• Evolution on Pacific islands;
  • Gondwana;
  • island biogeography;
  • moa's ark;
  • oceanic islands;
  • Zealandia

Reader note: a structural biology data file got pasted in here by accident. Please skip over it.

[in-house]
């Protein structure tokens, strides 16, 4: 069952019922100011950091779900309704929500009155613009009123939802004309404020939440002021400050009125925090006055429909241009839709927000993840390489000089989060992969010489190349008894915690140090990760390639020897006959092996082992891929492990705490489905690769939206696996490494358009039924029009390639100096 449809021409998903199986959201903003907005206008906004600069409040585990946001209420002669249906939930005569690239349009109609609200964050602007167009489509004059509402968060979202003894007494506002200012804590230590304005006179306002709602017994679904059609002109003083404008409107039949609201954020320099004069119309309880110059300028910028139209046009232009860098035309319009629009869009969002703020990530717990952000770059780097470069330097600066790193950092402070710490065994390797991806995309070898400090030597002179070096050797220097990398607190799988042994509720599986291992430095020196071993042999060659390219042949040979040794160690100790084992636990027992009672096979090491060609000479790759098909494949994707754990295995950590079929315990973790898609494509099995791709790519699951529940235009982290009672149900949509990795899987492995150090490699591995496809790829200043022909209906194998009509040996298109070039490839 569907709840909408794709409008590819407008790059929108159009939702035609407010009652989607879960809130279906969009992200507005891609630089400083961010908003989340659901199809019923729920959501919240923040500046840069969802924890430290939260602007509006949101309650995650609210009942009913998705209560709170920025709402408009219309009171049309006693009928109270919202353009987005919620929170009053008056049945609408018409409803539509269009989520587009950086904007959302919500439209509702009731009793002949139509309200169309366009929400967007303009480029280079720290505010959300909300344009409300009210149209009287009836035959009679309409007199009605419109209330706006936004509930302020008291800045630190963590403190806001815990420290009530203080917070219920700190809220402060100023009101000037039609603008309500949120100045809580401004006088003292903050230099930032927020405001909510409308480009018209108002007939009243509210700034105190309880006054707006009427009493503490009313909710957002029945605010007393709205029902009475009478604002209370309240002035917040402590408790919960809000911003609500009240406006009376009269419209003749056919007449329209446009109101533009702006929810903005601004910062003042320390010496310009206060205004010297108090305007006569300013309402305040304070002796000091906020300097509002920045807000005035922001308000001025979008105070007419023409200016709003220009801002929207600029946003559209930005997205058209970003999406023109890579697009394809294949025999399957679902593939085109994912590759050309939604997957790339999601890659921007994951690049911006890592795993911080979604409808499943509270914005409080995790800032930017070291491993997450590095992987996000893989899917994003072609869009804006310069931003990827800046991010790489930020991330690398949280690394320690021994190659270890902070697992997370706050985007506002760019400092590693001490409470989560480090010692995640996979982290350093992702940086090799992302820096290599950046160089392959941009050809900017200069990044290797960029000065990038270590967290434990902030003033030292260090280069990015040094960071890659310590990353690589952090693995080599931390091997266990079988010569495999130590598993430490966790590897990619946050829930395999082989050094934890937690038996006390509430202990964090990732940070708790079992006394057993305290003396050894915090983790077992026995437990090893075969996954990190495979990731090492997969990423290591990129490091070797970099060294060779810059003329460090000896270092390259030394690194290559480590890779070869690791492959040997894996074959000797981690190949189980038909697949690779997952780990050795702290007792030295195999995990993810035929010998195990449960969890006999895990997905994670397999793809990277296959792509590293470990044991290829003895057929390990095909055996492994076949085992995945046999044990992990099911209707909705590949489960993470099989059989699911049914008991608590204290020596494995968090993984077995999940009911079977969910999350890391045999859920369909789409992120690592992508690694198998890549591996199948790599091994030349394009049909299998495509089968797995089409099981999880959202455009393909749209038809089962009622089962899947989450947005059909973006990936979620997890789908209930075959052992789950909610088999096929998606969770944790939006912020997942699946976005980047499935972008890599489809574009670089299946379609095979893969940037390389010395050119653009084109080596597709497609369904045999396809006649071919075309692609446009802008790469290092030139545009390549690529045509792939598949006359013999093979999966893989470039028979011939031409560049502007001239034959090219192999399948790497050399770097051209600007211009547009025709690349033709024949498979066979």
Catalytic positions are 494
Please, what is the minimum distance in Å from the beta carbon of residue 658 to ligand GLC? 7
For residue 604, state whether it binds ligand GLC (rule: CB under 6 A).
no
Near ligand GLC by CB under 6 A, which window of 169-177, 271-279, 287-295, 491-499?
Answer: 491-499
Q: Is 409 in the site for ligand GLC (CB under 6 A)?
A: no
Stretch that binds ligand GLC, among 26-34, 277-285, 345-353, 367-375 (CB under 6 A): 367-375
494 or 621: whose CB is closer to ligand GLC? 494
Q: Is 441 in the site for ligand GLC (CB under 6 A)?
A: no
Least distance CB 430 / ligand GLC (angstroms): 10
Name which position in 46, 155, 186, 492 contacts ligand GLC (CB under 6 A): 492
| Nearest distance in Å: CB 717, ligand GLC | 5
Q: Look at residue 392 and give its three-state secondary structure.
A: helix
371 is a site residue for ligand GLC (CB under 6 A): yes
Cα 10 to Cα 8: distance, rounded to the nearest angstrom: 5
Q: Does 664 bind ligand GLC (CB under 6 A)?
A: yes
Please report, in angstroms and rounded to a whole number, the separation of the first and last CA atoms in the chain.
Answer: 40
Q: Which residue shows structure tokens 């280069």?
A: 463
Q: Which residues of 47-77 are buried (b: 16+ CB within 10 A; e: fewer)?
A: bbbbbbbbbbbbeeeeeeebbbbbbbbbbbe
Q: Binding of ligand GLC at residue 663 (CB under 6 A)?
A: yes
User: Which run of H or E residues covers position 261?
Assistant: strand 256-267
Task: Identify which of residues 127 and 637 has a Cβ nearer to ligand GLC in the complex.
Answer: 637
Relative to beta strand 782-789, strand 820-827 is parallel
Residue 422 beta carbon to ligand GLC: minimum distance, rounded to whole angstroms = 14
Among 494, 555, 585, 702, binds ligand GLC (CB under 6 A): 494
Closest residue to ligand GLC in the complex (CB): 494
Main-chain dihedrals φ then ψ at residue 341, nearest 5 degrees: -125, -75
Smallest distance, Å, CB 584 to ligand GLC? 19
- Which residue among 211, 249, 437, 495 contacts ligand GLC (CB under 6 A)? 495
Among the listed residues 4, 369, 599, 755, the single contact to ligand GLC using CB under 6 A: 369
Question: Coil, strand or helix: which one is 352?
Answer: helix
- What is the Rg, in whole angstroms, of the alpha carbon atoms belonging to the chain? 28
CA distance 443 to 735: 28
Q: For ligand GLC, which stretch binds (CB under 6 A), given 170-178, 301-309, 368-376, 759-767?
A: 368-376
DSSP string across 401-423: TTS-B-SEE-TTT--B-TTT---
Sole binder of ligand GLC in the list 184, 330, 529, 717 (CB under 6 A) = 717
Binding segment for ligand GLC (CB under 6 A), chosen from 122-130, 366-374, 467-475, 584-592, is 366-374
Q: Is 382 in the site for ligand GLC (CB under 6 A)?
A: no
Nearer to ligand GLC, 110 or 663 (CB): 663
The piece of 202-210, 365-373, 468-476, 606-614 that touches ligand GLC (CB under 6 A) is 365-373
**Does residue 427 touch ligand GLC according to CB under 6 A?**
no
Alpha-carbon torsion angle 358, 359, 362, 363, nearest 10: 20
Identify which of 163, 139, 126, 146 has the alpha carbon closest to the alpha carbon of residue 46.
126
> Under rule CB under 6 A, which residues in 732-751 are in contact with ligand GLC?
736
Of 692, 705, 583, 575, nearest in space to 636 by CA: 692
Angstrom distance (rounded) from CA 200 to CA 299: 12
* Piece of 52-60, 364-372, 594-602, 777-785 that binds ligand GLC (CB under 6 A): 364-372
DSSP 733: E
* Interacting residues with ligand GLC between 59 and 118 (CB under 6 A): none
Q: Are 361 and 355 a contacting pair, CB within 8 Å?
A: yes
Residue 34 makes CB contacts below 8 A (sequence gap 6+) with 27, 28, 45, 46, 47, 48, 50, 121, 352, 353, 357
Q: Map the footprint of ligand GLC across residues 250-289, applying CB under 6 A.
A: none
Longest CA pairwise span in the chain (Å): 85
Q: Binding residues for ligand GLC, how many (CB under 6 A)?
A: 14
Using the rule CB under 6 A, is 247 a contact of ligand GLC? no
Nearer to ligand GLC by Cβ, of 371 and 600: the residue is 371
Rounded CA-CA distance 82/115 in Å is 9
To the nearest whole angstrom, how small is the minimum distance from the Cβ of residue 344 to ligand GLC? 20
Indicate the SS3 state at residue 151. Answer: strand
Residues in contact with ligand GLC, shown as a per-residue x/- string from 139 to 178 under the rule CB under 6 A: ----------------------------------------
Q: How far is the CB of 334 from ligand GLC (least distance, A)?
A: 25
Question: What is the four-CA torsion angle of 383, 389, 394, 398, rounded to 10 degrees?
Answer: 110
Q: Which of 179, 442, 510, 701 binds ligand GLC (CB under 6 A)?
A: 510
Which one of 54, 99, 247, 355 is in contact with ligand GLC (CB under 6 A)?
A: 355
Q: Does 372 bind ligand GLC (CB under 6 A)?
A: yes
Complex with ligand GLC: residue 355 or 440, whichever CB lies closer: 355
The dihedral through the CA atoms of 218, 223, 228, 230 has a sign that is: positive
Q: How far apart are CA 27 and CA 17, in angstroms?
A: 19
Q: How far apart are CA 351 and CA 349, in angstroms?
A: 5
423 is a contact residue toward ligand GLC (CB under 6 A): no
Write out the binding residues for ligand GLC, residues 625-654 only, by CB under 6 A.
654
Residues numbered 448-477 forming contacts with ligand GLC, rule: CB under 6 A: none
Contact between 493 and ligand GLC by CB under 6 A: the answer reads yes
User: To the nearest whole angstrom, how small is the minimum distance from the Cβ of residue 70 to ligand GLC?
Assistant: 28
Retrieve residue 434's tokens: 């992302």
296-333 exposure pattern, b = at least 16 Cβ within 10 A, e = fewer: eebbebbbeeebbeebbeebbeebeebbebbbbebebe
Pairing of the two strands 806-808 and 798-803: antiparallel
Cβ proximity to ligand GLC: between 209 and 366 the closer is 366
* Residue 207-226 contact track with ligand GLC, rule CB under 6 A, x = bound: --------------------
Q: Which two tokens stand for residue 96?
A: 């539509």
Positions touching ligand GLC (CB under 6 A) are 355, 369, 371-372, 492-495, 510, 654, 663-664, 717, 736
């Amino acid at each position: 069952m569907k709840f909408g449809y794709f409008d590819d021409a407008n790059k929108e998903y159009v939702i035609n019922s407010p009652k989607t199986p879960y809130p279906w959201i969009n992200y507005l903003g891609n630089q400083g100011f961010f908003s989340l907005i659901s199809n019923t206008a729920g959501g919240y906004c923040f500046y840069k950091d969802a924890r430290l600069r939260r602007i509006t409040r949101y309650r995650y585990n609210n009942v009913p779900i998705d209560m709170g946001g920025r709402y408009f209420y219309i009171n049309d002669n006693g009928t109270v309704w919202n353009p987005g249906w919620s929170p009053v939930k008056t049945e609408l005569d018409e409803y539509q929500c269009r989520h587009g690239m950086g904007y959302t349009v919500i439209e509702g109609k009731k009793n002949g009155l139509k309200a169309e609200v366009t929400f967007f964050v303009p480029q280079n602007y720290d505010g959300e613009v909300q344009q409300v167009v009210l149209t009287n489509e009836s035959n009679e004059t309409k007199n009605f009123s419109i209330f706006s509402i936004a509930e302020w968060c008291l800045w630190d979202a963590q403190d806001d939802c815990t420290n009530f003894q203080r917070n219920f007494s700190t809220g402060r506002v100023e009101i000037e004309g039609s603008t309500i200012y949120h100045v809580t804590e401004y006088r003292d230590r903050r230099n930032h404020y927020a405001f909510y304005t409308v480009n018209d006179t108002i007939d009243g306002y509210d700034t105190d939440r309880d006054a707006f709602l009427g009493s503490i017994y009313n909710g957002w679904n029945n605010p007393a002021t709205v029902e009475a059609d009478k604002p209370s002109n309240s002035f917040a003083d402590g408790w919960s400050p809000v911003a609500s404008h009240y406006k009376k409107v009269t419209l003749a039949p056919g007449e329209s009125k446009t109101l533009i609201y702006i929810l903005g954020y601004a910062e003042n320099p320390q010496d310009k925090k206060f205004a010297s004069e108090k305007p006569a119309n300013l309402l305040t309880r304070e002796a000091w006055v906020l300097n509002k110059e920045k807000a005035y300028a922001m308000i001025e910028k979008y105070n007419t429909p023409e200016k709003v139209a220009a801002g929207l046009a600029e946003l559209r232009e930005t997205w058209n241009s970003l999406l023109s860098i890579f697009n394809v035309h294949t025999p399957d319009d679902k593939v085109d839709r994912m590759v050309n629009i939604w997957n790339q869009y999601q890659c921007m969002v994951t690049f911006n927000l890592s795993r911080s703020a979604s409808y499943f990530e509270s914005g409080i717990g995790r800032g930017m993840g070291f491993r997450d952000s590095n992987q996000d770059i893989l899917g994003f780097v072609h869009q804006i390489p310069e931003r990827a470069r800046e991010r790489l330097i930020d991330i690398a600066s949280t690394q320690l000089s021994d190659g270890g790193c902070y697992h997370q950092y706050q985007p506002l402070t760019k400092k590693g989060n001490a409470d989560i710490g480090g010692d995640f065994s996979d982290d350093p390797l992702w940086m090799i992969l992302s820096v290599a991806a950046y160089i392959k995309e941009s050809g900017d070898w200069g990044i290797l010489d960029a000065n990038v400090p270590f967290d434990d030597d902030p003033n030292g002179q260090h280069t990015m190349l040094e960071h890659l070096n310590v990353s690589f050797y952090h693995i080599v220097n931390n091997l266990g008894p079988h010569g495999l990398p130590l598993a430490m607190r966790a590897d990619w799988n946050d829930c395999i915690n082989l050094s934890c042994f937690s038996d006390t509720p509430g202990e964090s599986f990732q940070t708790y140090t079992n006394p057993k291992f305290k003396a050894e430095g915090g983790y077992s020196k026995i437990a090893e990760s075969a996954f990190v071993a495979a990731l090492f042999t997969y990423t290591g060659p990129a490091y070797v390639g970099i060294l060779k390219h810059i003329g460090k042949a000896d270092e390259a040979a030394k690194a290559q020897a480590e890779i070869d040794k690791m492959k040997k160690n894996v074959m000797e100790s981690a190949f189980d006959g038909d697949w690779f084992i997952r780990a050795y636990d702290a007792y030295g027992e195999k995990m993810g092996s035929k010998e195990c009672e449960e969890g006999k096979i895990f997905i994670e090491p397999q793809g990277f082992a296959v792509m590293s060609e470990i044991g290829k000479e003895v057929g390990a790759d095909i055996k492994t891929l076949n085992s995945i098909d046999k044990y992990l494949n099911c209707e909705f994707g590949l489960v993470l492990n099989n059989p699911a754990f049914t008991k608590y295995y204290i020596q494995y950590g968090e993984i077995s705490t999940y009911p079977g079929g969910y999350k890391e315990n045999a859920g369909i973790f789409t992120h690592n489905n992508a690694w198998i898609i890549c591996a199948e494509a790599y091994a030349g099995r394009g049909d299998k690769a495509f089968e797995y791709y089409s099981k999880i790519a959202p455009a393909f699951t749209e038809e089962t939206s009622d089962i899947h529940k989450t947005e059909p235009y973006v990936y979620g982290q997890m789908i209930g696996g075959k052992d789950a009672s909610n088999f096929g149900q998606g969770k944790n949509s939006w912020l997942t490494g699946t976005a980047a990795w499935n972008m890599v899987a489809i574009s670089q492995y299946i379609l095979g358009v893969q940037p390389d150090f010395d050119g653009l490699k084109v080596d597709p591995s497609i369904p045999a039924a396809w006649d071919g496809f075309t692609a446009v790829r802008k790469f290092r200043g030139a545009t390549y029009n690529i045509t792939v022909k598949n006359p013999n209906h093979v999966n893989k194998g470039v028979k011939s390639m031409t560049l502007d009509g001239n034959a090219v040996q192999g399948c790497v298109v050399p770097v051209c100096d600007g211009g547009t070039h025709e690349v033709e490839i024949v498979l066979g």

Islands of the Pacific Ocean have long fascinated evolutionists. Oceanic islands, generally the products of volcanic activity, provide natural experiments as biological populations are well delimited and the age of islands can be determined using radiometric dating. ‘Continental islands’, including New Caledonia and New Zealand, provide equally valuable opportunities for evolutionary study. For students of New Zealand biogeography, the peculiar composition of the biota coupled with a limited interpretation of geology has resulted in the widespread acceptance that the flora and fauna is primarily ancient and of vicariant Gondwanan origin. There is increasing evidence from molecular data that much of this biodiversity is the product of evolution following relatively recent colonization. Such data have prompted biologists to consider geological information on New Zealand in more detail. At the heart of the issue is the question of whether modern New Zealand has a terrestrial link through time with the continent Zealandia that split from Gondwanaland some 80 Ma. Zealandia, which includes New Caledonia, Lord Howe Island and several of the subantarctic islands, is now largely submerged, and New Zealand's present terrestrial existence is the product of tectonic activity initiated around 26 Ma. We argue that for the purposes of biogeographical interpretation, New Zealand can be treated as an oceanic island.